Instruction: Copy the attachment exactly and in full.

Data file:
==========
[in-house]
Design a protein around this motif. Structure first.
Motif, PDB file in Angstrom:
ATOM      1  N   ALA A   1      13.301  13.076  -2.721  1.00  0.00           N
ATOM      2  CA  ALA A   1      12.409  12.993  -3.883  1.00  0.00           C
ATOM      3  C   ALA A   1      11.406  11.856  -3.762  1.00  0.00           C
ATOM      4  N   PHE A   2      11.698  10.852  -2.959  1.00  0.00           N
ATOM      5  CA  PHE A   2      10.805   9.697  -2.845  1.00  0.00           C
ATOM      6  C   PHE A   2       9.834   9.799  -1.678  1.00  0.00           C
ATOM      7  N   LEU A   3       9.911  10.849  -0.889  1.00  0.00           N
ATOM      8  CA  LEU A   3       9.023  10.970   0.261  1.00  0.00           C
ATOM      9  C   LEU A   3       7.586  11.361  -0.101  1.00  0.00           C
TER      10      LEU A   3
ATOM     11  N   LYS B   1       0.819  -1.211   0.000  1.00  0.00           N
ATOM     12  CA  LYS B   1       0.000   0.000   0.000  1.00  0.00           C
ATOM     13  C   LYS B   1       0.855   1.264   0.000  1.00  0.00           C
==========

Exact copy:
[in-house]
Design a protein around this motif. Structure first.
Motif, PDB file in Angstrom:
ATOM      1  N   ALA A   1      13.301  13.076  -2.721  1.00  0.00           N
ATOM      2  CA  ALA A   1      12.409  12.993  -3.883  1.00  0.00           C
ATOM      3  C   ALA A   1      11.406  11.856  -3.762  1.00  0.00           C
ATOM      4  N   PHE A   2      11.698  10.852  -2.959  1.00  0.00           N
ATOM      5  CA  PHE A   2      10.805   9.697  -2.845  1.00  0.00           C
ATOM      6  C   PHE A   2       9.834   9.799  -1.678  1.00  0.00           C
ATOM      7  N   LEU A   3       9.911  10.849  -0.889  1.00  0.00           N
ATOM      8  CA  LEU A   3       9.023  10.970   0.261  1.00  0.00           C
ATOM      9  C   LEU A   3       7.586  11.361  -0.101  1.00  0.00           C
TER      10      LEU A   3
ATOM     11  N   LYS B   1       0.819  -1.211   0.000  1.00  0.00           N
ATOM     12  CA  LYS B   1       0.000   0.000   0.000  1.00  0.00           C
ATOM     13  C   LYS B   1       0.855   1.264   0.000  1.00  0.00           C